Tuesday, 10 May 2022 20:57

Rockingham Council approves annexation request, schedules budget workshop

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ROCKINGHAM — A parcel of land east of Clemmer Road will now fall under the city’s jurisdiction.

The Rockingham City Council on Tuesday approved a voluntary annexation request from Goshen Medical Center following a silent public hearing.

According to Assistant City Manager John Massey, Goshen plans to build an office on the nearly 52-acre property and wanted access to city utilities, specifically sewer. Massey told the council last month that water was already available.

Part of the property was already in the city limits and part of it fell in Hamlet’s ETJ, prior to the annexation approval.

“We do have the legal authority to annex into the ETJ of another city’s jurisdiction, that’s no problem,” Massey said.

Rockingham had already completed sewer work in the area several years ago for the Hampton Inn that is currently under construction, according to Massey. This will be an extension of that project, tying in to the pump station that was installed.

He added that the estimated cost of the project would be around $300,000.

In addition to the annexation, the approval included zoning a portion of the property as Highway Business.

Massey said the Planning Board unanimously recommended approving the request.


Following the annexation approval, City Manager Monty Crump gave the council a quick breakdown of the budget for the next fiscal year, which begins July 1.

According to Crump, the budget looks similar to those in years past — aside from 2020 following the sales tax debacle — with no increase in property taxes or water fees.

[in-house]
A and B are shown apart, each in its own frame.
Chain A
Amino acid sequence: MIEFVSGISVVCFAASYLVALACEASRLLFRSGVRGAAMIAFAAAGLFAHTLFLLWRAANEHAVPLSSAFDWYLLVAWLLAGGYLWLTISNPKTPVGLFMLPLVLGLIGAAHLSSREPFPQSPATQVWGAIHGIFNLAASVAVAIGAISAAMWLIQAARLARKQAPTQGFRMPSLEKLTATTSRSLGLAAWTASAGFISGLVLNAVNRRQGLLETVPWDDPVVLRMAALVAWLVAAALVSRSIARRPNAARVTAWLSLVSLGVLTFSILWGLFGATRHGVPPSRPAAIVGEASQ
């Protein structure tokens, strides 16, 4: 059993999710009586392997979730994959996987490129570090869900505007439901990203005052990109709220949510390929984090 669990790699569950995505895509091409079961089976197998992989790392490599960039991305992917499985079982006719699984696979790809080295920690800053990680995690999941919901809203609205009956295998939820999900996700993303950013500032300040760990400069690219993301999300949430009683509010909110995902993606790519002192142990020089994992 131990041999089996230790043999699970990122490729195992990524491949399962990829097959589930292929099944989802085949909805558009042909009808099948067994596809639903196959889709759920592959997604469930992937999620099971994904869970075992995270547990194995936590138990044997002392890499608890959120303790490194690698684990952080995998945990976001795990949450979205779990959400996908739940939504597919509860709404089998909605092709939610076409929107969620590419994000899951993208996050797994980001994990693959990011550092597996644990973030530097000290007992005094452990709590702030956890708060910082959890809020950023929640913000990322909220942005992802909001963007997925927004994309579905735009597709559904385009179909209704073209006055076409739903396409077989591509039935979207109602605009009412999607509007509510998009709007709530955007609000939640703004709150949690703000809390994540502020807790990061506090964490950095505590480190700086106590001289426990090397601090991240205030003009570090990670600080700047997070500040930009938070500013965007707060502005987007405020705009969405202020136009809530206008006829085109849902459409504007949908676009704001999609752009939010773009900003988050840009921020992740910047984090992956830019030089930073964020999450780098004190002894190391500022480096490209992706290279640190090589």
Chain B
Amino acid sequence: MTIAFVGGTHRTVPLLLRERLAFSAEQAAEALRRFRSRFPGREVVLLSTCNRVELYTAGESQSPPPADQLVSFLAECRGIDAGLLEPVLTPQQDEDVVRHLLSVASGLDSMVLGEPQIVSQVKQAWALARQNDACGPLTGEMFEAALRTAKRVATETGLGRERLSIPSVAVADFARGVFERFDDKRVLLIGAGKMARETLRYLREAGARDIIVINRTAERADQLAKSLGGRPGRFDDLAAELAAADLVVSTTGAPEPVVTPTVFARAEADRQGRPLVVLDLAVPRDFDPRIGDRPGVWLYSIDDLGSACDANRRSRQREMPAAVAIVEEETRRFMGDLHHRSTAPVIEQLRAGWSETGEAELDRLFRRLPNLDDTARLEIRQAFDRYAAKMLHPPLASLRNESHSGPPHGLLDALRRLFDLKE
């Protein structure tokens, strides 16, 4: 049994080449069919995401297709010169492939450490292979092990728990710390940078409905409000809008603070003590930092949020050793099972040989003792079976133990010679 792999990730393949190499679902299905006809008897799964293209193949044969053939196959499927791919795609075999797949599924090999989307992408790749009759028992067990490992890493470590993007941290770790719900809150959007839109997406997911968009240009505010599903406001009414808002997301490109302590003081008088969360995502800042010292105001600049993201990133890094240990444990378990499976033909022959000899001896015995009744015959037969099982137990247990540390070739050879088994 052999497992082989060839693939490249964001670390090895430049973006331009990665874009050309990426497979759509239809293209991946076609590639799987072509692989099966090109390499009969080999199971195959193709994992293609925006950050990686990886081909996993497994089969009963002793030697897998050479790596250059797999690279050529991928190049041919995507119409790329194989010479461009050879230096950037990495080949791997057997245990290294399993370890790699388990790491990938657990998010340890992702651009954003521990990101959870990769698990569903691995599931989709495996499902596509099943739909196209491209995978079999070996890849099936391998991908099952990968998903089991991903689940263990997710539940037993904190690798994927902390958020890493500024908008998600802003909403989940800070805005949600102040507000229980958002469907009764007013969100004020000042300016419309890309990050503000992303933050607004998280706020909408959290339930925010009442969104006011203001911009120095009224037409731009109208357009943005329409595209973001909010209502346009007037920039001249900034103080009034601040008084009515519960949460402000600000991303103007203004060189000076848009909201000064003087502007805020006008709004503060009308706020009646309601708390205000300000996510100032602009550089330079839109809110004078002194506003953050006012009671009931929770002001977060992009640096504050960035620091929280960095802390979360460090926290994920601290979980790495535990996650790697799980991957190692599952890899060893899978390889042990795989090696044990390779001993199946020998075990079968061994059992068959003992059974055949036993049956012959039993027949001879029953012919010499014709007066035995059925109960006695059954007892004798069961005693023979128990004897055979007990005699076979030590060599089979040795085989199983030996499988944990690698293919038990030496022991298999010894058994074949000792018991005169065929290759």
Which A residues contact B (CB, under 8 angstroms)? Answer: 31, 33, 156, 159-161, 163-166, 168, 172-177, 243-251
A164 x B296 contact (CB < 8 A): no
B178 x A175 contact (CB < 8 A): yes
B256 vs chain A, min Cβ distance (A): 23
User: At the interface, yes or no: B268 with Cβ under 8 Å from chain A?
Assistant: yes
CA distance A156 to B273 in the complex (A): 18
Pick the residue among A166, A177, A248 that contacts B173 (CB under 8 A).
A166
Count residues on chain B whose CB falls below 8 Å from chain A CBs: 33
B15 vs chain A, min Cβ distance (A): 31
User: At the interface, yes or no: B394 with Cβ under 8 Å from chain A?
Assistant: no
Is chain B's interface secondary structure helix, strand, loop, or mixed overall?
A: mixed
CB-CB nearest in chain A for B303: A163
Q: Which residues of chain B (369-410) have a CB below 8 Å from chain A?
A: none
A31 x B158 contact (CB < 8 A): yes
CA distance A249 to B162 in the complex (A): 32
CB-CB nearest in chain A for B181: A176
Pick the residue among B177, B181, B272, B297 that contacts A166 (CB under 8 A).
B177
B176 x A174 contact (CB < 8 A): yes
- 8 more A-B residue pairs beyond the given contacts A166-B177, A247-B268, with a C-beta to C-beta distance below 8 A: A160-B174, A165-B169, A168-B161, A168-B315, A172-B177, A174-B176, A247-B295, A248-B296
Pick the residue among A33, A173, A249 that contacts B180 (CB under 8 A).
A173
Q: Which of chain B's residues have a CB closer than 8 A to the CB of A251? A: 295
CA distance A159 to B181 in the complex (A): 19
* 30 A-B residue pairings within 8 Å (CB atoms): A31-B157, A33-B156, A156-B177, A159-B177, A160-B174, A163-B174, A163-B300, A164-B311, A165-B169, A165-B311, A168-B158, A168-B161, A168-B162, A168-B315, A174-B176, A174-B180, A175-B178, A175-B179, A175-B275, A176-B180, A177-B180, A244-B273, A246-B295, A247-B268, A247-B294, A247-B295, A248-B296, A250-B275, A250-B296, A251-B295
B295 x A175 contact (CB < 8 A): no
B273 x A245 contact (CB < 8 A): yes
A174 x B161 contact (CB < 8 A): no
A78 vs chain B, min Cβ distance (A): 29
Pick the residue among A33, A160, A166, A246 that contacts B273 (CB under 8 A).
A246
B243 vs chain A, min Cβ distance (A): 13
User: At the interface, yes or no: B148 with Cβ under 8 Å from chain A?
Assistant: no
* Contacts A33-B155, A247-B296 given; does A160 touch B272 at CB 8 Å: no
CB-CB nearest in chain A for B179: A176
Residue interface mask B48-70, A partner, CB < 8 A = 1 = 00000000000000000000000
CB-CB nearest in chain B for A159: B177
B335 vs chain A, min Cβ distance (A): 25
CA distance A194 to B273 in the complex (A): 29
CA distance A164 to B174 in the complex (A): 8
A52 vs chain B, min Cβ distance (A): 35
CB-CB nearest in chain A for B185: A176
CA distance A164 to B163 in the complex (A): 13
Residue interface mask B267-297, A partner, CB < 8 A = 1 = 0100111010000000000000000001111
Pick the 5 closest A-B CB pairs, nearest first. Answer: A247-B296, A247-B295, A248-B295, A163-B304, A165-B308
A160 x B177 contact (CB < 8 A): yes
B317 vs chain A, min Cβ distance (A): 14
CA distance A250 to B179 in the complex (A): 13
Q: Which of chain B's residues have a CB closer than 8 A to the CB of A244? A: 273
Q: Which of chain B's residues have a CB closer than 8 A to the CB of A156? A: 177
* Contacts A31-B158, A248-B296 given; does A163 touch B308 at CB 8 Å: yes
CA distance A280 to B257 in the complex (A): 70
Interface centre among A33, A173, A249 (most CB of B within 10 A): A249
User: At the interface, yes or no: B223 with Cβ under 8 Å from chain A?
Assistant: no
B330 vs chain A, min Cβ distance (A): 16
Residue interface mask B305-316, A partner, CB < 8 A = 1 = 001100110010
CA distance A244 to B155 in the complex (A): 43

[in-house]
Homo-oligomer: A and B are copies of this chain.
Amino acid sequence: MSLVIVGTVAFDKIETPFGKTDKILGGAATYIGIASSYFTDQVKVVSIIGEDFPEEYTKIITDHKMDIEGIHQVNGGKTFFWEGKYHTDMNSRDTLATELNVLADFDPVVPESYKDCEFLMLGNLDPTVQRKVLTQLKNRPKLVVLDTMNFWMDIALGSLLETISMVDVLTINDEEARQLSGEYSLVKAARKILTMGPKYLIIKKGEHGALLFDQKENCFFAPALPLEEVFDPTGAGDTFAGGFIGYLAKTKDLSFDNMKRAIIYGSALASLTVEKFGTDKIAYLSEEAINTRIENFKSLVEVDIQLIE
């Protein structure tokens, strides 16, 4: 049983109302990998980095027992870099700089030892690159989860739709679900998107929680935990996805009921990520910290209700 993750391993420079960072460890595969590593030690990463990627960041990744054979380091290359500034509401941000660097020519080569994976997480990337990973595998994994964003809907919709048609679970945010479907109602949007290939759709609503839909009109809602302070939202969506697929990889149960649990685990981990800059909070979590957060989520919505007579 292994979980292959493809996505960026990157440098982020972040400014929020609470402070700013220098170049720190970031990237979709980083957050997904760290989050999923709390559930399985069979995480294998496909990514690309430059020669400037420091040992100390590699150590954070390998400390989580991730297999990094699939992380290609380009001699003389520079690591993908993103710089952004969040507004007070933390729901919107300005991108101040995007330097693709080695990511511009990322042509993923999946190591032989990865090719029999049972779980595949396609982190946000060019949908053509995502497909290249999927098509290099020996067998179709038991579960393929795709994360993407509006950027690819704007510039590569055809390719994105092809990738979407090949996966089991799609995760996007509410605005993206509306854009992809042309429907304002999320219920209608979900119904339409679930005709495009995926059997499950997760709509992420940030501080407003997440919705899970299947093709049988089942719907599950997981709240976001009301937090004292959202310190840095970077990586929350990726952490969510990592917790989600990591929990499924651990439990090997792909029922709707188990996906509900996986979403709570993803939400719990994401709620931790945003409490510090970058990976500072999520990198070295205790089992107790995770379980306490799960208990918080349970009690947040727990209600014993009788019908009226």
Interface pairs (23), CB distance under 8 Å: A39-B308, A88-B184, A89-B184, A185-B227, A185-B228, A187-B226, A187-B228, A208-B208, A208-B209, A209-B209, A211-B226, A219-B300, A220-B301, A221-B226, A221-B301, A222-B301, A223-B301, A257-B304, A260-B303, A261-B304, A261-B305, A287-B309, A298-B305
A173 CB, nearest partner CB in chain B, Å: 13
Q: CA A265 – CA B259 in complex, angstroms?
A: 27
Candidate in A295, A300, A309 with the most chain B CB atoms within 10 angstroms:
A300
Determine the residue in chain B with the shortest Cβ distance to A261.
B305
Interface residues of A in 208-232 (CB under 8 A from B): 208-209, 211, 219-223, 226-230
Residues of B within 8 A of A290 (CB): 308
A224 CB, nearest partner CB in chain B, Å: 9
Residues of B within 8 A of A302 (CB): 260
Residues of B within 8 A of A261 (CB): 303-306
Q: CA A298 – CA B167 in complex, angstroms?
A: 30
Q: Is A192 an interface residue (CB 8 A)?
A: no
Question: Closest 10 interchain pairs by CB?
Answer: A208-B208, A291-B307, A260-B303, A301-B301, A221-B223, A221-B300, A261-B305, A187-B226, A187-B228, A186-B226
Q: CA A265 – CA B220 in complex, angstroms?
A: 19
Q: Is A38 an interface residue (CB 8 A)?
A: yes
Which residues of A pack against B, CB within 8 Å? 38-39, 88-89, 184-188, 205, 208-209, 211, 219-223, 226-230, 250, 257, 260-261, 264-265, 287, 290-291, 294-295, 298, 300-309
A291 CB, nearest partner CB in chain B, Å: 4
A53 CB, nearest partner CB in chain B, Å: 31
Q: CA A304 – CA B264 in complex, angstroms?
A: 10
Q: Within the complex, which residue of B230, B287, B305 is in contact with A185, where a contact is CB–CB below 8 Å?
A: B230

In 2020, Rockingham was “forced” to raise the property tax from $0.48 to $0.58 per $100 valuation when the Richmond County Board of Commissioners changed the method of sales tax distribution just prior to budget season. That was the first hike in more than two decades.

Crump did say, however, that there would be a “small” increase in fees for garbage service.

The purpose was to make it more of a user fee to include it on the utility bills for renters, “instead of putting all the burden” on property owners.

The move is to also help make the Sanitation Department more self-supporting, Crump said: “That’s less revenue that has to come from other sources.”

According to the city manager, there will be less Fund Balance used to balance the budget this year.

City employees are slated to receive a 2% cost-of-living adjustment. Crump said he wishes it could be higher, due to the high costs associated with the recent inflation. He added that the city may provide a one-time payment around mid-year, depending on the financial situation.

To help offset the lack of a higher COLA, Crump said employees would have to pay less for health insurance. The council adopted a resolution to join the Municipal Insurance Trust of North Carolina.

Mayor John Hutchinson said that agreement was the result of a lot of work by the city administration.

“It looked like that was going to be a tremendous extra expense beyond what it has been in years past,”Hutchinson said. “And through a lot of hard work, a lot of negotiation, we actually brought that rate down and saved the employees a little bit of cost at the same time.”

The budget also includes $1.1 million in Capital Outlay expenditures, fully funds requests from Discovery Place Kids and other nonprofits and keeps all levels of city services as they are.

Crump said the budget “hopefully” is enough to cover increasing costs of supplies and equipment.

(Note: The RO has not yet obtained a copy of the budget.)

Council members took several minutes of working through scheduling conflicts for the annual budget workshop before deciding on May 24. A public hearing on the budget is scheduled for the June 14 City Council meeting.

The mayor also read aloud proclamations recognizing Municipal Clerks Week and Memorial Day. 

Last modified on Tuesday, 10 May 2022 21:03